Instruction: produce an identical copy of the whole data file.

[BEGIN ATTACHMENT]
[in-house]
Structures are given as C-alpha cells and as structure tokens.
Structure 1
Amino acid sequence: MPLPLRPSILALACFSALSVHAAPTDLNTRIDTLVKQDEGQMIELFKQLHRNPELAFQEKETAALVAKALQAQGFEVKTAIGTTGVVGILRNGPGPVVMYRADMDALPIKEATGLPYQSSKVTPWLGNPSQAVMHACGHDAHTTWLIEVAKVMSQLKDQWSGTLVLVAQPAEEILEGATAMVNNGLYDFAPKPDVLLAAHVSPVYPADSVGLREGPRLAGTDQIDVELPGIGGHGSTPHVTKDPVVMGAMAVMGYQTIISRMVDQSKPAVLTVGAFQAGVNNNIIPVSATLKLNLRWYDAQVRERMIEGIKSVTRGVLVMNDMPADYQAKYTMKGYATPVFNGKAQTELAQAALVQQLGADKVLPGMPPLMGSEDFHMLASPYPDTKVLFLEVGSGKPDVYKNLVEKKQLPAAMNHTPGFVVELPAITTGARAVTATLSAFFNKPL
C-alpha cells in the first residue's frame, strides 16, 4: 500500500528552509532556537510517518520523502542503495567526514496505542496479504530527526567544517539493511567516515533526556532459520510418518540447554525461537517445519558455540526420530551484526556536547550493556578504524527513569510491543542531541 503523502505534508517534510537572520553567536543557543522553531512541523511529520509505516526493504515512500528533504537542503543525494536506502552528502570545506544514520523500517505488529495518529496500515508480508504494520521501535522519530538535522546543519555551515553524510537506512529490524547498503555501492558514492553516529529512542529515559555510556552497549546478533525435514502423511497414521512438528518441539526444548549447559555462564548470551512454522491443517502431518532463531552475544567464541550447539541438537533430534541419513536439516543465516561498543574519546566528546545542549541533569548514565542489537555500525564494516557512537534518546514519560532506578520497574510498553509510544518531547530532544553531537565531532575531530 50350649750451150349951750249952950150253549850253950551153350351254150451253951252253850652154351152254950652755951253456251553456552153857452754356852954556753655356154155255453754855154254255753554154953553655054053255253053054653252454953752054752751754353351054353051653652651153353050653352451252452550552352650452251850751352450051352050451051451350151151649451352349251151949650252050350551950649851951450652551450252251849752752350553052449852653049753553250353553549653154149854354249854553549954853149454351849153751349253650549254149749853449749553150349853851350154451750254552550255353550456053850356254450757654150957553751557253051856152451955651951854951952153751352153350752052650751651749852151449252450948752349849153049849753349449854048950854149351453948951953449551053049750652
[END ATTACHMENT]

[in-house]
Structures are given as C-alpha cells and as structure tokens.
Structure 1
Amino acid sequence: MPLPLRPSILALACFSALSVHAAPTDLNTRIDTLVKQDEGQMIELFKQLHRNPELAFQEKETAALVAKALQAQGFEVKTAIGTTGVVGILRNGPGPVVMYRADMDALPIKEATGLPYQSSKVTPWLGNPSQAVMHACGHDAHTTWLIEVAKVMSQLKDQWSGTLVLVAQPAEEILEGATAMVNNGLYDFAPKPDVLLAAHVSPVYPADSVGLREGPRLAGTDQIDVELPGIGGHGSTPHVTKDPVVMGAMAVMGYQTIISRMVDQSKPAVLTVGAFQAGVNNNIIPVSATLKLNLRWYDAQVRERMIEGIKSVTRGVLVMNDMPADYQAKYTMKGYATPVFNGKAQTELAQAALVQQLGADKVLPGMPPLMGSEDFHMLASPYPDTKVLFLEVGSGKPDVYKNLVEKKQLPAAMNHTPGFVVELPAITTGARAVTATLSAFFNKPL
C-alpha cells in the first residue's frame, strides 16, 4: 500500500528552509532556537510517518520523502542503495567526514496505542496479504530527526567544517539493511567516515533526556532459520510418518540447554525461537517445519558455540526420530551484526556536547550493556578504524527513569510491543542531541 503523502505534508517534510537572520553567536543557543522553531512541523511529520509505516526493504515512500528533504537542503543525494536506502552528502570545506544514520523500517505488529495518529496500515508480508504494520521501535522519530538535522546543519555551515553524510537506512529490524547498503555501492558514492553516529529512542529515559555510556552497549546478533525435514502423511497414521512438528518441539526444548549447559555462564548470551512454522491443517502431518532463531552475544567464541550447539541438537533430534541419513536439516543465516561498543574519546566528546545542549541533569548514565542489537555500525564494516557512537534518546514519560532506578520497574510498553509510544518531547530532544553531537565531532575531530 50350649750451150349951750249952950150253549850253950551153350351254150451253951252253850652154351152254950652755951253456251553456552153857452754356852954556753655356154155255453754855154254255753554154953553655054053255253053054653252454953752054752751754353351054353051653652651153353050653352451252452550552352650452251850751352450051352050451051451350151151649451352349251151949650252050350551950649851951450652551450252251849752752350553052449852653049753553250353553549653154149854354249854553549954853149454351849153751349253650549254149749853449749553150349853851350154451750254552550255353550456053850356254450757654150957553751557253051856152451955651951854951952153751352153350752052650751651749852151449252450948752349849153049849753349449854048950854149351453948951953449551053049750652